9/11 terrorists still haven’t come to trial

Daily News Article   —   Posted on September 12, 2018

(by Max Jaeger, NY Post) – …Seventeen years after they helped murder 2,977 innocents in the worst terrorist attack on US soil, five 9/11 suspects — including self-avowed mastermind Khalid Sheikh Mohammed [KSM] — have not faced trial.

Prosecutors are seeking the death penalty for all five men and have attempted for years to try the case, but a constantly shifting venue, questions over coerced evidence and the limitations of holding trials at Guantanamo Bay have slowed the case to a crawl.

Victims’ families say the legal limbo puts them through hell.

“It’s outrageous the length of time this has taken,” Debby Jenkins, who lost her brother Joseph Jenkins in the World Trade Center attacks, told The Post on Monday.

“Thousands and thousands of people have been affected. Families have been destroyed. There will never be closure, but we would just love to see justice served. That’s what we’re waiting for.”

Alice Hoagland, whose son Mark Bingham led the attempt to retake hijacked United Airlines Flight 93, said she respects due process but wants the suspects executed — the sooner the better.

“These people were instrumental in torturing and killing almost 3,000 people — one of whom was my son,” she told The Post on Monday. “They’re creepy people, and they murdered a lot of us, and they deserve to suffer and die.”

The US had captured Mohammed and the four accomplices by 2003. They were shuffled among CIA “black sites” for interrogation before being arraigned in 2008.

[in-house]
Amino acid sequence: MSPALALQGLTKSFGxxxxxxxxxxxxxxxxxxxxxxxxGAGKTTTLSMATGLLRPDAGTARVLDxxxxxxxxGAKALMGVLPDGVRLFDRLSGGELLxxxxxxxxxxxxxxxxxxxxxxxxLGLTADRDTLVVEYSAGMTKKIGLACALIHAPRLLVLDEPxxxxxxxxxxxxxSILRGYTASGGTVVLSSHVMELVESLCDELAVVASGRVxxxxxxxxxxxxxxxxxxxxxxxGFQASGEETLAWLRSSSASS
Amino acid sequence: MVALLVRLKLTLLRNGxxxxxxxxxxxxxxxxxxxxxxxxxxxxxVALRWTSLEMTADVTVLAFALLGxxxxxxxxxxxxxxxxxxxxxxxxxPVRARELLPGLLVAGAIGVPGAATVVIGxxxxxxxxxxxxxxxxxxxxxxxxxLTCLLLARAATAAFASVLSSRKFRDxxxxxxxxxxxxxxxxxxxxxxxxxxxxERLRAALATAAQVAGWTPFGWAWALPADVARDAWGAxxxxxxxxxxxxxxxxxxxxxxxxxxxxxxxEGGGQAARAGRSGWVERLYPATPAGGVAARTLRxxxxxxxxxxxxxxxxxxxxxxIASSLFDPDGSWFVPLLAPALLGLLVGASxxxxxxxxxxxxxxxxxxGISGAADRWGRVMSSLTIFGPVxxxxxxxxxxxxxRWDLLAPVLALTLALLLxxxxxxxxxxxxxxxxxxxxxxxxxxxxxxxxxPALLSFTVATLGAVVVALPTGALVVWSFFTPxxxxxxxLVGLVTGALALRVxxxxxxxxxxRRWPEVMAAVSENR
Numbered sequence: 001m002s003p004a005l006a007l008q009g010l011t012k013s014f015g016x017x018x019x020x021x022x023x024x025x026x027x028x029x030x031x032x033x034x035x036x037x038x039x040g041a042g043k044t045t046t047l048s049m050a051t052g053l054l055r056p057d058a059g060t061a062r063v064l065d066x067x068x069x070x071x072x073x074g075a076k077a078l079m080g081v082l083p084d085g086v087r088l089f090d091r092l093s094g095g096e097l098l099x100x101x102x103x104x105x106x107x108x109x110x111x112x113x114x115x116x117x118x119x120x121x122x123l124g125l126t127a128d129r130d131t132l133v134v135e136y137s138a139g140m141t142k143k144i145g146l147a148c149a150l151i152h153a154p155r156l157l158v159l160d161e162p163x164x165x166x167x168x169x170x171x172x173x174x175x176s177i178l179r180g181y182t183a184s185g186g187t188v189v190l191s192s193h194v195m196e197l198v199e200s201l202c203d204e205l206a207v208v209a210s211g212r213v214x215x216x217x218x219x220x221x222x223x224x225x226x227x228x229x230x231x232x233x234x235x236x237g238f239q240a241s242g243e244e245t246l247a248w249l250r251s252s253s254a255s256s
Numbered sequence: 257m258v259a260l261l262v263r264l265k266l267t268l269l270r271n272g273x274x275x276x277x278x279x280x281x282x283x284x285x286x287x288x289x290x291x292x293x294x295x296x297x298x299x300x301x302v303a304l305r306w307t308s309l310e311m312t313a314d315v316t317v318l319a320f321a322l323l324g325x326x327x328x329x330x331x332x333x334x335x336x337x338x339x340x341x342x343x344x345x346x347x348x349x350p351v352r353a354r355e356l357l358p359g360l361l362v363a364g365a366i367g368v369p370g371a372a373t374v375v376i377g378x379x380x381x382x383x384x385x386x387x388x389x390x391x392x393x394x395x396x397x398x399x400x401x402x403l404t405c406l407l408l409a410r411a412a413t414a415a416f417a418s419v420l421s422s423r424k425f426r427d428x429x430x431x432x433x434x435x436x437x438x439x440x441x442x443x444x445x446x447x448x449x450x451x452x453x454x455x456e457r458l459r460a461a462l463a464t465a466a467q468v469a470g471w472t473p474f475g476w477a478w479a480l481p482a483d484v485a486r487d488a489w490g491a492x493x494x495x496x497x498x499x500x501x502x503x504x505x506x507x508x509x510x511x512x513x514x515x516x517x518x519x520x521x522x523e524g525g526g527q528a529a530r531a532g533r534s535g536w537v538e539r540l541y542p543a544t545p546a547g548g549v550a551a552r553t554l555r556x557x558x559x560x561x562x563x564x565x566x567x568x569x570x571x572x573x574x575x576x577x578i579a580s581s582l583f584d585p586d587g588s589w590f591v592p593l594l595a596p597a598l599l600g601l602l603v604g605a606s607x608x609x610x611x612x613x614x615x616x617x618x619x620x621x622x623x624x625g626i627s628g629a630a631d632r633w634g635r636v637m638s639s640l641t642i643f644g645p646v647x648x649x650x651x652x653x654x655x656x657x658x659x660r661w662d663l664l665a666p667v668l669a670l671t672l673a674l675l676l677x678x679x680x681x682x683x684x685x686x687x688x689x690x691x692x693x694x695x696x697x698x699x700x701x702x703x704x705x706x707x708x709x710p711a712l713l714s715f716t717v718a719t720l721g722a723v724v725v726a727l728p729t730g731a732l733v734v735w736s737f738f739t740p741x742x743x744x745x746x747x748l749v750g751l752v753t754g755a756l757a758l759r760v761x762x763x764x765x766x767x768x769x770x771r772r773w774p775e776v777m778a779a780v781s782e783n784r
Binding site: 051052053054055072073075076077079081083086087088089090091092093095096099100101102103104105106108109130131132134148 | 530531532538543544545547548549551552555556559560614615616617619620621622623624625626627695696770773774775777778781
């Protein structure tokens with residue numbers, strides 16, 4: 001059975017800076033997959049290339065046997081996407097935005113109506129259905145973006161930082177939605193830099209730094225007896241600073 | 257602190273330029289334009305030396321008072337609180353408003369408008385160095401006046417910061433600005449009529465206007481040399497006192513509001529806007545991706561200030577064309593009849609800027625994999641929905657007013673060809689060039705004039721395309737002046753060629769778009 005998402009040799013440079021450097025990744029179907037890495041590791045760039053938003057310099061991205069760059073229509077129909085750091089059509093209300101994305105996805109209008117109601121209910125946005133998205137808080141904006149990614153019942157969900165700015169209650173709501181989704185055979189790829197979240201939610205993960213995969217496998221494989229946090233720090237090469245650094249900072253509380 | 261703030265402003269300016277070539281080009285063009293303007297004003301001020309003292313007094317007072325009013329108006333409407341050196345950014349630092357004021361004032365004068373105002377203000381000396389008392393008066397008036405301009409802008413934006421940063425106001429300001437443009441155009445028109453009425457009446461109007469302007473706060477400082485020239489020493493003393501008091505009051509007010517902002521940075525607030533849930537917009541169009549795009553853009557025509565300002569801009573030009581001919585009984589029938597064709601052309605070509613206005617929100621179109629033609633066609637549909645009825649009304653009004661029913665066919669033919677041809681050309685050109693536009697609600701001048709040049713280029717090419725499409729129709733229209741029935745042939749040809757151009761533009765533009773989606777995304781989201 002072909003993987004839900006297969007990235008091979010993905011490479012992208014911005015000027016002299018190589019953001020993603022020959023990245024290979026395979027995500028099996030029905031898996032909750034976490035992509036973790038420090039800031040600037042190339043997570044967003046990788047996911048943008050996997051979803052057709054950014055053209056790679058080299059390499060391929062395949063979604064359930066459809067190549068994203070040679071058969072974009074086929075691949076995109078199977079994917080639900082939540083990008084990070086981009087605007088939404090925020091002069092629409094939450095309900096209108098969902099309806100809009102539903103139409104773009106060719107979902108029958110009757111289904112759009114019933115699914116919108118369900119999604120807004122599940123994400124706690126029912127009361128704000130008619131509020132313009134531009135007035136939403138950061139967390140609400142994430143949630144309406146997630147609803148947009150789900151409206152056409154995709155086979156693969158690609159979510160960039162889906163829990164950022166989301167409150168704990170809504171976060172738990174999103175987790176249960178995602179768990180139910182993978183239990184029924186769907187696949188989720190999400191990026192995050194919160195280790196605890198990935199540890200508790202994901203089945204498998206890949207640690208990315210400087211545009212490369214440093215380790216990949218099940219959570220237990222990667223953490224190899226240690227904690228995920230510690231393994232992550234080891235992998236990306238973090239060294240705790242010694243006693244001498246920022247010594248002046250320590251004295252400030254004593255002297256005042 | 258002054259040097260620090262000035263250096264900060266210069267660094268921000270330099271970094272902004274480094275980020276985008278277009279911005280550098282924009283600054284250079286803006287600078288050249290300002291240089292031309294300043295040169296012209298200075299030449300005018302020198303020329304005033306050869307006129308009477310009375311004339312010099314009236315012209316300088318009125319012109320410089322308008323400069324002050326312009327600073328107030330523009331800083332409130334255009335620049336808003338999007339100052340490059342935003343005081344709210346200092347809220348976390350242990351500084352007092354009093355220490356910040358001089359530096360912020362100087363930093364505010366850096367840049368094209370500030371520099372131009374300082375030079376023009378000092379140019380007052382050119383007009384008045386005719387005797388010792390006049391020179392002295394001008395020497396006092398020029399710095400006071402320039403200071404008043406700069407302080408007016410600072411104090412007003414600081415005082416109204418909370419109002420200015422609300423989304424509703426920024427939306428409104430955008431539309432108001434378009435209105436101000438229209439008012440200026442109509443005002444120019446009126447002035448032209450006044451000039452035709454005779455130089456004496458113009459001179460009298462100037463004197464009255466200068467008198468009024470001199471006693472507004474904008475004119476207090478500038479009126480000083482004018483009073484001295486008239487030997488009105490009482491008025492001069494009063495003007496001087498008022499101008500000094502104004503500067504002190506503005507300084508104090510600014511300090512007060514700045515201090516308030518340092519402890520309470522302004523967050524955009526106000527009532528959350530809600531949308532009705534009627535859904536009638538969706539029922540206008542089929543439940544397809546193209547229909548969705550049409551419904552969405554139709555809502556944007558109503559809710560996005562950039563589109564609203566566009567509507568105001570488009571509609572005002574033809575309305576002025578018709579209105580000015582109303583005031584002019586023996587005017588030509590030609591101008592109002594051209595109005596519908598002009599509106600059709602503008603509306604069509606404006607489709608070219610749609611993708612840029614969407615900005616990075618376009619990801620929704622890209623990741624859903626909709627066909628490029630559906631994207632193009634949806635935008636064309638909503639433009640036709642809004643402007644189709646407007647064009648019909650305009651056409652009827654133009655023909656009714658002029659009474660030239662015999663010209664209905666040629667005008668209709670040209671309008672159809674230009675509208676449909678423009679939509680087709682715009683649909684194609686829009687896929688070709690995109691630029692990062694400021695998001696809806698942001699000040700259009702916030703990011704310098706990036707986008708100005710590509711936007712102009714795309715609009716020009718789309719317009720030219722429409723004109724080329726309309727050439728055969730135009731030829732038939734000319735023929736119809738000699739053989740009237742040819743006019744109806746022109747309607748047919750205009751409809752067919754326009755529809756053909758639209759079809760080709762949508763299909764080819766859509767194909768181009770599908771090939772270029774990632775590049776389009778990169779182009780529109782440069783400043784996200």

But President Barack Obama suspended the case when he entered office, and in 2010, the Pentagon dismissed the charges without prejudice, meaning the men could be charged again later.

Then-Attorney General Eric Holder tried to move the case to Manhattan federal court, but the plan was nixed [following multiple challenges with this, including public opposition], and the administration refiled charges at the military court at Guantanamo.

The men were arraigned in 2012, and what has followed has been an endless procession of pretrial hearings over their treatment in captivity and whether evidence gleaned using “enhanced interrogation” tactics was usable.

“The fact that we can’t try these individuals is such an incalculable disservice to the citizens of this country,” said Karen Greenberg, director of The Center on National Security at Fordham Law School. “The system is just flawed in every way.”

In the latest setback, the military judge who had overseen the case since its inception stepped down. Now his replacement, Marine Col. Keith Parrella, 44, has to read up on 20,000 pages of transcripts, plus an unknown number of classified records, according to the Miami Herald.

With more pretrial hearings scheduled for 2019, a trial is not expected to begin before 2020, the Herald reported.

“If you look at it historically, how long its taking, I’m not confident it would be 2020,” Jenkins said. “I’d like to see that happen.”

Just two people have been sentenced in connection with 9/11 — Zacarias Moussaoui and Mounir el-Motassadeq.

Moussaoui pleaded guilty in 2005 to six terrorism-related conspiracy charges tied to 9/11 and is serving life in prison without parole.

In 2006, German courts convicted el-Motassadeq on 246 counts of accessory to murder for providing financial assistance to the 9/11 hijackers. He got 15 years in prison.

The five suspects faced yet another hearing Monday.

Mohammed’s lawyer, David Nevin, did not return a request for comment. But Greenberg said even the defense attorneys want to get the trial over with.

“They’re the only defense attorneys asking for their clients to be tried,” Greenberg said.

Reprinted here for educational purposes only. May not be reproduced on other websites without permission from the New York Post.

After 9/11 mastermind Khalid Sheikh Mohammed was captured, he was interrogated by psychologist James Mitchell.

Watch a September 11, 2018 interview with Dr. Mitchell as he talks about Khalid Sheikh Mohammed:


In March 2007, CNN reported:

From a November 2009 NYTimes article: